Excretion and waste played a big part in Throbbing Gristle’s original campaign as COUM Transmissions. COUM emerged at a moment when performance art was becoming even more relentless, decadent, and dangerous (as Chris Burden’s ill-fated Shoot piece demonstrated). Primarily the activities of the disturbed couple Genesis P-Orridge and Cosey Fanny Tutti, COUM sought to be the most extreme of all of the renegade performance troupes. Their performances involved all levels of questionable acts like blood, urine, and milk enemas, severed chicken heads mounted on penises, eating human vomit, Tutti cutting her vagina and breasts with a razorblade, live intercourse, and hanging P-Orridge on a cross (ah, young love). However, what truly made COUM transgressive was that it had revolutionary aspirations. Like Masha said of Videodrome in film of the same title, COUM’s greatest threat was that it had “a philosophy”.
COUM understood that performance art straddled a very thin line between art and pornography and that many of their acts would be considered illegal if only the control society had thought to outlaw them. “Annihilating Reality”, a COUM document penned by P-Orridge and future TG member Peter ‘Sleazy’ Christopherson questions whether it is “only legality that prevents the artist from the slaughter of human beings as performance” and whether “crime [is] just unsophisticated or ‘naïve performance art’”. The pamphlet declared that “For every interesting performance artist there [is] a psychopath, fetishist or intense street individual who created more powerful and socially direct imagery”, a notion which assumes an extra gravity given Throbbing Gristle’s subsequent fascination with serial killers like Ian Brady, Dean Corll, and Charles Manson. Here, 30 years beforehand, is Stockhausen’s pronunciation of the September 11th acts as “the biggest work of art there has ever been”, the idea that repressive societies create their own forms of artists whether these societies desire their work or not.
Throbbing Gristle in 1978
Combine all this with flyers that contained phrases like “We love your British policemen, especially the dead ones” and the fact that COUM were ever allowed near government money can only be seen as a gross oversight. Nevertheless, it was one of COUM’s tamer pieces, a retrospective exhibition entitled “Prostitution” held at London’s Institute of Contemporary Arts, that would prove their most controversial- its tampons sculptures, clippings of Tutti’s pornographic poses, and strippers writhing in blood before a live audience setting off a national debate about arts funding in a time of spending cuts and earning the group the proud tag of “wreckers of Western civilization” by Tory MP Nicholas Fairbairn.
By that point though, COUM had nearly exhausted its potential in the art world. By reaching the precipice of power via the ICA, the locus of the art establishment, and the Queen (partial funder of ICA), the group proved that the cleansing lens of society was not immune to having its filth dredged back up in its face, and that capitalism carried within it the means to purchase the noose that would hang itself. Enlisting sometime COUM collaborators Sleazy (who did slick work for Hipgnosis, the foremost record design firm of the time) and Chris Carter (a sound designer for UK TV and architect of big visual spectacles for groups like Yes and ELO), COUM debuted Throbbing Gristle at their final show in 1976 for the soundtrack to the film After Cease to Exist, the entirety of which appears on The Second Annual Report of Throbbing Gristle.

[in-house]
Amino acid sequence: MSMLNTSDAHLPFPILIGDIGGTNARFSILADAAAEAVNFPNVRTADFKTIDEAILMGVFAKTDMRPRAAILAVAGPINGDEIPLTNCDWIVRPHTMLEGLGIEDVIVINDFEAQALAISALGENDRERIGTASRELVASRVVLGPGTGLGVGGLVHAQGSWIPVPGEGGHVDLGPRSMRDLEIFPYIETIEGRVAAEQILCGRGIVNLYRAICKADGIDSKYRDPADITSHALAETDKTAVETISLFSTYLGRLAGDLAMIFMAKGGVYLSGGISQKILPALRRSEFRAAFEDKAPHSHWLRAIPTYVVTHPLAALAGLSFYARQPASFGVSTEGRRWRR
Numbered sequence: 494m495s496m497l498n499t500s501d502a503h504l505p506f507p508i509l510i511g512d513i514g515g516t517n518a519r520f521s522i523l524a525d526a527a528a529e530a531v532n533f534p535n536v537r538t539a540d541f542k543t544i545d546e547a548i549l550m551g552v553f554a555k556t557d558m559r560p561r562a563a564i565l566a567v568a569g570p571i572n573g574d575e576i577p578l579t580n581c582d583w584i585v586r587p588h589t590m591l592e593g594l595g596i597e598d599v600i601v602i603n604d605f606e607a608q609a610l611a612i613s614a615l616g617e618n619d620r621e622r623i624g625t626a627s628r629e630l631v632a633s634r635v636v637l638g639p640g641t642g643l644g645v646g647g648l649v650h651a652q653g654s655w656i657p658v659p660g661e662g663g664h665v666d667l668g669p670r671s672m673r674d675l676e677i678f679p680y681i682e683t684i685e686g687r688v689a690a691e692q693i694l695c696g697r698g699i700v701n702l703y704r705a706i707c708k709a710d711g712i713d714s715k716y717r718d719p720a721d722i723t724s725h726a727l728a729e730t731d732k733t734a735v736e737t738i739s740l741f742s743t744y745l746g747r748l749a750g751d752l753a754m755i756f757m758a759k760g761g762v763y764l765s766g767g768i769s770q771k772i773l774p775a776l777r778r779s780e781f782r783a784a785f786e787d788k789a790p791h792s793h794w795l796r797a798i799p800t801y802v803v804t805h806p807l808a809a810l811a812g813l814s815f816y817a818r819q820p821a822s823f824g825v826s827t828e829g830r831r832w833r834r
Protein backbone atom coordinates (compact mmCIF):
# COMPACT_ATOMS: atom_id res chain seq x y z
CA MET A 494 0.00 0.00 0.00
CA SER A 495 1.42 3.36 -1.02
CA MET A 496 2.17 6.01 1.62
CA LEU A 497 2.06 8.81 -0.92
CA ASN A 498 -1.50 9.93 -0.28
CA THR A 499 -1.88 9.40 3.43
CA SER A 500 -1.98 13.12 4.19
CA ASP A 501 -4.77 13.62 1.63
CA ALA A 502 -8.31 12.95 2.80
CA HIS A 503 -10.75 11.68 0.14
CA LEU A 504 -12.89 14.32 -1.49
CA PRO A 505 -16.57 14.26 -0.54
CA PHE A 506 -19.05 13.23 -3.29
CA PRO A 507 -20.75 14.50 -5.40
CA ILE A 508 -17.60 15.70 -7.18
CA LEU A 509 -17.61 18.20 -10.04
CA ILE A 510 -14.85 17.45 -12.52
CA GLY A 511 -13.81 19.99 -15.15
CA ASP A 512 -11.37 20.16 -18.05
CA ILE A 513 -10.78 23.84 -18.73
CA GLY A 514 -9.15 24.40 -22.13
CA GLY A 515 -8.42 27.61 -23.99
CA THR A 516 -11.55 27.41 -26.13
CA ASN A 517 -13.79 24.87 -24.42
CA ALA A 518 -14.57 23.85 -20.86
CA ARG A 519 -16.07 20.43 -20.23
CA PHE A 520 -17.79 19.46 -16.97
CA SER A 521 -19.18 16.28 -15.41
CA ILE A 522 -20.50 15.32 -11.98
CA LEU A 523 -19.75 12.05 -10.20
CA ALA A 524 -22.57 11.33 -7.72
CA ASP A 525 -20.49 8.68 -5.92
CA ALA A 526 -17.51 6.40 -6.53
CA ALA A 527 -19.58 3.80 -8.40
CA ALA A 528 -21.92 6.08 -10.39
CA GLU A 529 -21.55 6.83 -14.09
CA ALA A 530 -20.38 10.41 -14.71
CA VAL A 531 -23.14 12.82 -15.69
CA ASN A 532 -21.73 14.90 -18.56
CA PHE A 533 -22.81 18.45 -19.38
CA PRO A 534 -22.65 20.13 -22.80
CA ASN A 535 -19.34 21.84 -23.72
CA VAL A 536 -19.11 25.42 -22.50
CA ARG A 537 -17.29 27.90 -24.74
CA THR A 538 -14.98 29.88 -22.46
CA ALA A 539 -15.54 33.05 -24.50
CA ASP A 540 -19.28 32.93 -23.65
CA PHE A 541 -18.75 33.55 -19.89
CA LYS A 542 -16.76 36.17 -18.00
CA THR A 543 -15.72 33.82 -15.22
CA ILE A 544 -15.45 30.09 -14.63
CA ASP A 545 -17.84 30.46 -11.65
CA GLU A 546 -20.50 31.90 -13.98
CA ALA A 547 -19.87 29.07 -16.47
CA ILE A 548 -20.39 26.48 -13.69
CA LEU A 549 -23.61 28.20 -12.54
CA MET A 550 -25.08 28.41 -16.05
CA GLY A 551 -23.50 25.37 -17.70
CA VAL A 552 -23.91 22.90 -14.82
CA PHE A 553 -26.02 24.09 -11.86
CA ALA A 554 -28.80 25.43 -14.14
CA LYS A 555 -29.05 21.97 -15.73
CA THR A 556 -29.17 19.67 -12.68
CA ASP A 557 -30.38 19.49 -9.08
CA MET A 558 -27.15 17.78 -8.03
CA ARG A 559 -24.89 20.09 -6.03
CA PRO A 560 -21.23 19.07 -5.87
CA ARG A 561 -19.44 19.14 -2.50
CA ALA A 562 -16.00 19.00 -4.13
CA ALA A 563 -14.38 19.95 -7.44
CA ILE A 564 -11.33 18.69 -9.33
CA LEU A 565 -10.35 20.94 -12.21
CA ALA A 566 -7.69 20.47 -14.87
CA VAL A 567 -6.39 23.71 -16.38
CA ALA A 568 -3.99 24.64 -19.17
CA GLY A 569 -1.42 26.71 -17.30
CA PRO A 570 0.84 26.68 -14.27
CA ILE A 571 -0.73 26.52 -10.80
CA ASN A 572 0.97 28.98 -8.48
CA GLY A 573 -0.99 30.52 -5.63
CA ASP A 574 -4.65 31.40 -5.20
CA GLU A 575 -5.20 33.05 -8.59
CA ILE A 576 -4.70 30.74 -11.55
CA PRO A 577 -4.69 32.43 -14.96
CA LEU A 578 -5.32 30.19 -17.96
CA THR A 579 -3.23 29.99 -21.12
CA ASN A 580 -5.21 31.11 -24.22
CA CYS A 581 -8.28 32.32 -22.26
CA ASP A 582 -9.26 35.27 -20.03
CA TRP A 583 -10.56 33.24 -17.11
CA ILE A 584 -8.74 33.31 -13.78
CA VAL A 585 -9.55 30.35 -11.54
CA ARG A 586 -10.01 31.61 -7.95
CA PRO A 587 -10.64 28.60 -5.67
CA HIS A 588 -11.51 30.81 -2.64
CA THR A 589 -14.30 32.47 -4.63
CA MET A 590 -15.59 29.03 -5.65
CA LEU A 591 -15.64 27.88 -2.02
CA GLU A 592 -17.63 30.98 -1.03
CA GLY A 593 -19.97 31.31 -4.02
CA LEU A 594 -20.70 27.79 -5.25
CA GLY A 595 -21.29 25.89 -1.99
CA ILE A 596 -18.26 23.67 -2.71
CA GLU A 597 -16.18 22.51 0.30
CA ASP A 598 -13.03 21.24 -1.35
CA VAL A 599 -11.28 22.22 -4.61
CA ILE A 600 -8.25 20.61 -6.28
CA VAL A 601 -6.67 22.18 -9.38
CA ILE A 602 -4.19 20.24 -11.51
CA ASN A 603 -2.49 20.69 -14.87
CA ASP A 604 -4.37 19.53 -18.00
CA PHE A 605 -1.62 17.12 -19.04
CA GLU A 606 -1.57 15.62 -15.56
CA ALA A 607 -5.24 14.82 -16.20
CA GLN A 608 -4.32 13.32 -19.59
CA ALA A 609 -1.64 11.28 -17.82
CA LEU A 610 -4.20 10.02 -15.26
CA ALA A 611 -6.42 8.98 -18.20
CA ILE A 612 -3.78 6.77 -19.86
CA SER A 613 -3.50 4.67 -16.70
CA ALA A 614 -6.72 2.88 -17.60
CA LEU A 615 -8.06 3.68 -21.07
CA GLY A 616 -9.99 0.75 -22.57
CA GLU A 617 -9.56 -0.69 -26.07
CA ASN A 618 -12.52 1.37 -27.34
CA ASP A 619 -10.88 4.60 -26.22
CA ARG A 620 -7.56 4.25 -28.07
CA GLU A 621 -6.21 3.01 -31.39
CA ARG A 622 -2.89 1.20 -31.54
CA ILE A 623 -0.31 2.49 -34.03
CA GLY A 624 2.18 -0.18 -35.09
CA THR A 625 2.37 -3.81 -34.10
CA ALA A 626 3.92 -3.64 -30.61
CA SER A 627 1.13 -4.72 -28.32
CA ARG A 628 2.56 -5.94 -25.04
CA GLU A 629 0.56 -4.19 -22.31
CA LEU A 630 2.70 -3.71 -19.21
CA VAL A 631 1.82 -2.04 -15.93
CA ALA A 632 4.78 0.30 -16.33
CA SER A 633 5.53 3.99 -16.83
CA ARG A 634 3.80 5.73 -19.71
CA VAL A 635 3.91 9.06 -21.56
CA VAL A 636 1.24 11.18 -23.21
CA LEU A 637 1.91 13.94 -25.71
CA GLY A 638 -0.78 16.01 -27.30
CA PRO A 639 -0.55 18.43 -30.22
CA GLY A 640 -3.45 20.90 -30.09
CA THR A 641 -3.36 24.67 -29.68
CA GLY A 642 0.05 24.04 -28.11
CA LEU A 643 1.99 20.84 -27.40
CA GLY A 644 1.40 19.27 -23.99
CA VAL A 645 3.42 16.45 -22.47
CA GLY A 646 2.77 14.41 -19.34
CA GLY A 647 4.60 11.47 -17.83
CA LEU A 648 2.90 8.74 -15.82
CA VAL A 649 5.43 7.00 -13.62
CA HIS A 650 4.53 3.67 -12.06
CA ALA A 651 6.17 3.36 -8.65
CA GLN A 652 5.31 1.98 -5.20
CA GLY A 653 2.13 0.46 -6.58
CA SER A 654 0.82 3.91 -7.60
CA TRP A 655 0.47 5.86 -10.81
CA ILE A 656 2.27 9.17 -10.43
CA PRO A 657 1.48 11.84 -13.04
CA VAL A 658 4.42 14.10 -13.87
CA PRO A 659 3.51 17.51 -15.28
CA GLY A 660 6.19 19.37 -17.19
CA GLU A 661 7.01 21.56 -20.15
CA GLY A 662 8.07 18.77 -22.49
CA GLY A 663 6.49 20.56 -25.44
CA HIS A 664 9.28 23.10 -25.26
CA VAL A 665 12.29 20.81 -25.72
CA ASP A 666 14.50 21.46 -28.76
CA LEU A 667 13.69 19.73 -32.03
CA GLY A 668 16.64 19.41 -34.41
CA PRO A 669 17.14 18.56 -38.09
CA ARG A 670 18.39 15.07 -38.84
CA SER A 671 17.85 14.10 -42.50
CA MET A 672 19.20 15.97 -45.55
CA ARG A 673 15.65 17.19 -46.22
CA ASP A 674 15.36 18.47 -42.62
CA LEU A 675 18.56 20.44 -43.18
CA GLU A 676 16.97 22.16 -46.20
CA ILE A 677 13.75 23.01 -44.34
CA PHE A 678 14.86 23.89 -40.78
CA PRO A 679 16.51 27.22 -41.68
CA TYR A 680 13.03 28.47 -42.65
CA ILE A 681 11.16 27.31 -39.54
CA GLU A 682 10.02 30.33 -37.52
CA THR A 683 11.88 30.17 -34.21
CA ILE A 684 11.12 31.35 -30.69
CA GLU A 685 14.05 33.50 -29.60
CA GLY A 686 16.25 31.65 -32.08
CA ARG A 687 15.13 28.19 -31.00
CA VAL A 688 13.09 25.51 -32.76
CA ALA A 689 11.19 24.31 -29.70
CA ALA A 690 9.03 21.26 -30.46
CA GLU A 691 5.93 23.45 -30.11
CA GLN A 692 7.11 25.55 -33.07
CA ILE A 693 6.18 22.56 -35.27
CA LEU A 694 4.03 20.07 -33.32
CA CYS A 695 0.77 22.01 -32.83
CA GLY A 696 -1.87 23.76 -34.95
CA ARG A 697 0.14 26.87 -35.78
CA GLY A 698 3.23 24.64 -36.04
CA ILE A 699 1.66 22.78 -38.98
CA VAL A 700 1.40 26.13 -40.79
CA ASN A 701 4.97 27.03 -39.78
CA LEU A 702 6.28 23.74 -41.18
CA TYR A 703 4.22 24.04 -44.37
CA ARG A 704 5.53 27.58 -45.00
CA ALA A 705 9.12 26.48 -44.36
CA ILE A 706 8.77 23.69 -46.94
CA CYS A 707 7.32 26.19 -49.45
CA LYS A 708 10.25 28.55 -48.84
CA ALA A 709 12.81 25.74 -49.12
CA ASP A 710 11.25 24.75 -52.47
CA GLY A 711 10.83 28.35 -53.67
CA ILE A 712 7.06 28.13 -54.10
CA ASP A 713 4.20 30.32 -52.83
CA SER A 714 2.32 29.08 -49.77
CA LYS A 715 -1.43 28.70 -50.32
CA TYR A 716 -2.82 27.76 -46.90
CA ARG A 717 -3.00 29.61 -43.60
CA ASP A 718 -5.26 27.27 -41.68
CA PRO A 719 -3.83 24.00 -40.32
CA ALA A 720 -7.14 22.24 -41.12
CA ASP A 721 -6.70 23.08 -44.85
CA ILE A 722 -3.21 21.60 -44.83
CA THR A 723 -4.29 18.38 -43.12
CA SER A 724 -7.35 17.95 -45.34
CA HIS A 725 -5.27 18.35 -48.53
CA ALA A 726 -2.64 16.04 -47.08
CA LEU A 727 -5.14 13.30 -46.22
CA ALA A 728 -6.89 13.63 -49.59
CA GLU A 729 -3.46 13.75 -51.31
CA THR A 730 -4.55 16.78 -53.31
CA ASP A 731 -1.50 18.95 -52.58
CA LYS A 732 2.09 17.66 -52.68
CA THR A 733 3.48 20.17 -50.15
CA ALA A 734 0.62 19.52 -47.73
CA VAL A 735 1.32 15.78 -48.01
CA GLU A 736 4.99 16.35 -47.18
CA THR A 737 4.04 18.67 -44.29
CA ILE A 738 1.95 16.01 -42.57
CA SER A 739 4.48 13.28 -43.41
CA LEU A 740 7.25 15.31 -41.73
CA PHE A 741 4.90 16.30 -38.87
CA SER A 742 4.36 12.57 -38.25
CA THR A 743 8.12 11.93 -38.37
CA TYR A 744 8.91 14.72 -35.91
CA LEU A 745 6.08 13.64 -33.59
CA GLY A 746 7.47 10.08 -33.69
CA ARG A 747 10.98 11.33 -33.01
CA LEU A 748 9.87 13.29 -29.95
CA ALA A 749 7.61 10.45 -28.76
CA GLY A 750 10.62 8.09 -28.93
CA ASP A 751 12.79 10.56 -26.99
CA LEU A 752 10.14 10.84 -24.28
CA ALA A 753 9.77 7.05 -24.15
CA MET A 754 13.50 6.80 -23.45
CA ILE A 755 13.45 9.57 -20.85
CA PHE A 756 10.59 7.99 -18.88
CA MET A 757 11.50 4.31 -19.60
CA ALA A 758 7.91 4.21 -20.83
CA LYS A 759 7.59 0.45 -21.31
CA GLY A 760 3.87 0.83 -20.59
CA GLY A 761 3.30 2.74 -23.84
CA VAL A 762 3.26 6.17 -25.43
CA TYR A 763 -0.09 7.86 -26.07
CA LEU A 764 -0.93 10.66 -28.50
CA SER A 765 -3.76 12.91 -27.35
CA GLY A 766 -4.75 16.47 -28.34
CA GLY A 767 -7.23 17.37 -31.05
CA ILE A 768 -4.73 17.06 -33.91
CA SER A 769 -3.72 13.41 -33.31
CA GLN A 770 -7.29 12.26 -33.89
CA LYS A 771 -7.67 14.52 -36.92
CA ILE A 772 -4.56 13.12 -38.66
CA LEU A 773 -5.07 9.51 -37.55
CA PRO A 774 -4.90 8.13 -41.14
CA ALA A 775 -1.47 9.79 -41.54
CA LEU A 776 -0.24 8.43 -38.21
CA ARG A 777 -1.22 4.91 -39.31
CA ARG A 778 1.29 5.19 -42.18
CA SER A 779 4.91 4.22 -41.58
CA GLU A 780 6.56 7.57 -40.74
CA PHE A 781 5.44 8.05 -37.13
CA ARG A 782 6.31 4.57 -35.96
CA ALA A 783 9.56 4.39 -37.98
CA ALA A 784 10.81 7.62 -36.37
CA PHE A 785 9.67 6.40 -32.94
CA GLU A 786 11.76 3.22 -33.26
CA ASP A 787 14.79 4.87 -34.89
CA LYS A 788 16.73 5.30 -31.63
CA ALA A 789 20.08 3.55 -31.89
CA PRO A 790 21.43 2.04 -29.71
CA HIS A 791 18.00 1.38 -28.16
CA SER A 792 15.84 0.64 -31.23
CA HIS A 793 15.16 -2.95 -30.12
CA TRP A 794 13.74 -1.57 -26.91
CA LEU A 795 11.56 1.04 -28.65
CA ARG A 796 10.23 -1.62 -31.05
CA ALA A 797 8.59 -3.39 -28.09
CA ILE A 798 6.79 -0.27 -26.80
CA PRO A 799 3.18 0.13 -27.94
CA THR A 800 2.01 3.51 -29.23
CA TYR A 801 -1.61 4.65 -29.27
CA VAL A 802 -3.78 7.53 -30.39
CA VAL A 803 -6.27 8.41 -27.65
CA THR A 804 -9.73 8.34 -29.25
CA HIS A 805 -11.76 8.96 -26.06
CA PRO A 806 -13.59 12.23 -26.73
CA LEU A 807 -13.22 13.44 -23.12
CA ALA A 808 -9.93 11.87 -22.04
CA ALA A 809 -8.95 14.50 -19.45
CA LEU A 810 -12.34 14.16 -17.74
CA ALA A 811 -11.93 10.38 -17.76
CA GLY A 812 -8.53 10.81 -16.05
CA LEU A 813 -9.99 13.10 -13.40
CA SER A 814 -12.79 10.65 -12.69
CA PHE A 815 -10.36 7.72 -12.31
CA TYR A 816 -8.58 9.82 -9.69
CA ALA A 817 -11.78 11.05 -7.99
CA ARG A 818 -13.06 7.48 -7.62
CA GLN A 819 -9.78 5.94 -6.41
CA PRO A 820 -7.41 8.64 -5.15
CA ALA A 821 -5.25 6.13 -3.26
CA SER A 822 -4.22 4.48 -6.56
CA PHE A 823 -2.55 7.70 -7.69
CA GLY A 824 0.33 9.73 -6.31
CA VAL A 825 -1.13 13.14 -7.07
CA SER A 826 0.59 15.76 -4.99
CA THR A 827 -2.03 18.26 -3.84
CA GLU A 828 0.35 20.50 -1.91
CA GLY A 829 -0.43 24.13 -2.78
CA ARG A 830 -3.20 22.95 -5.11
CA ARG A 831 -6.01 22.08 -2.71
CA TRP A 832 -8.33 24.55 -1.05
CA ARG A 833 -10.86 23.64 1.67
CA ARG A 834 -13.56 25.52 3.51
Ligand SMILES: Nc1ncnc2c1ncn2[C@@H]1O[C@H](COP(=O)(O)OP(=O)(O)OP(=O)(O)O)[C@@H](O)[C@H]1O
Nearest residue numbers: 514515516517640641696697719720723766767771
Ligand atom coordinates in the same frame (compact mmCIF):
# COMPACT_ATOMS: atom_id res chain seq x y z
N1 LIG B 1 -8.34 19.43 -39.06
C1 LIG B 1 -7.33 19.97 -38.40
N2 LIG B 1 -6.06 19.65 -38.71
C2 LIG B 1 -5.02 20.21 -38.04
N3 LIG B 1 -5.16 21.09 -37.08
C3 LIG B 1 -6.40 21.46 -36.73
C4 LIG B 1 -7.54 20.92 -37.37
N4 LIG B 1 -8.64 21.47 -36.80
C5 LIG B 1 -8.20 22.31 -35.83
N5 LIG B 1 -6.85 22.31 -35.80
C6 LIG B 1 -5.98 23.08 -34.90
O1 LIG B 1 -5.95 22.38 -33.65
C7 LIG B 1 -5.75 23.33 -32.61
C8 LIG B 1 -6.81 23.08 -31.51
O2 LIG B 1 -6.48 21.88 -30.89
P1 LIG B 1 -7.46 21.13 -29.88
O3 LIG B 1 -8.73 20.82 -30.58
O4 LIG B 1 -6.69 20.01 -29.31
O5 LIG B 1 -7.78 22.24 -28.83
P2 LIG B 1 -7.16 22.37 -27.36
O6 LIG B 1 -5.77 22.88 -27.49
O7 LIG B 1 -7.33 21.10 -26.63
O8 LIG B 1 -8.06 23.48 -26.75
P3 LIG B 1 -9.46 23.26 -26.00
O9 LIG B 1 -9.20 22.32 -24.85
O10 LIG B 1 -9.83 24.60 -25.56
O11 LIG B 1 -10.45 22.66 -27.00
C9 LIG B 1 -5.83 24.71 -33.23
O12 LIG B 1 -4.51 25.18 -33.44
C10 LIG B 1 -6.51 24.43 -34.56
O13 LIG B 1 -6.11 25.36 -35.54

Carter and Sleazy’s work in the culture industry presented the group with one possible door into the world of mass media, which could plausibly net a far greater impact than localized happenings. But rather than latch on to a major record label and erode the system from within (like, say, fellow conceptual artists Devo from Akron, OH), Throbbing Gristle decided to embody the entrepreneurial spirit and form their own label. Dedicated to “Industrial Music for Industrial People”, the rubric of Industrial Records allowed the group to critique the music and art industries not only through sonics, performance, and song lyrics, but also through the framework underlying the entire project, demystifying the means of production. Later, Granada TV host Tony Wilson (a native Mancunian like P-Orridge) would pilfer the idea for his Factory Records label. Throbbing Gristle too claimed to make factory records, but theirs was “Music from the Death Factory”.
Industrialization had disturbed the quiet pastoralism of the English countryside, shoved farmers into menial, denigrating work, and had begun to pave over the natural topography to make way for the dominance of manufactured landscapes, artificial food, noise pollution, and chemical air. As the hippies tried to recommune with nature, nature itself continued to become more and more sparse, as industry began coagulating the available mental and physical space to the point of near-strangulation. The factories weren’t just death camps because workers were stuck there until they died or because the factories were quite literally carcinogenic, but also because they crushed spirit and originality, making workers zombies. “We created cars to fight for space to be in,” P-Orridge declares on “Weeping” off of D.O.A. “We created work to waste our time/ We created love, so one can be the victim”.
Being an “industrial” group meant churning out music as if on a timed assembly line. The group exhaustively documented and released every single show they ever did, setting the precedent for the noise community’s society of overabundance (TG’s 24 tape 24 Hours predated Merzbow’s infamous 50 disc Merzbox by 20 years). Live performances went on for precisely 60 minutes. Though the group’s major releases (the ones that have just been reissued by the reformed Industrial Records) saw distribution on vinyl, TG’s preferred method of output was the more economical cassette tape. Lastly, their album sleeves were streamlined into dull functional designs that made their music products look more like paint thinner than albums, an aesthetic that often betrayed the subversive content hidden within the art itself.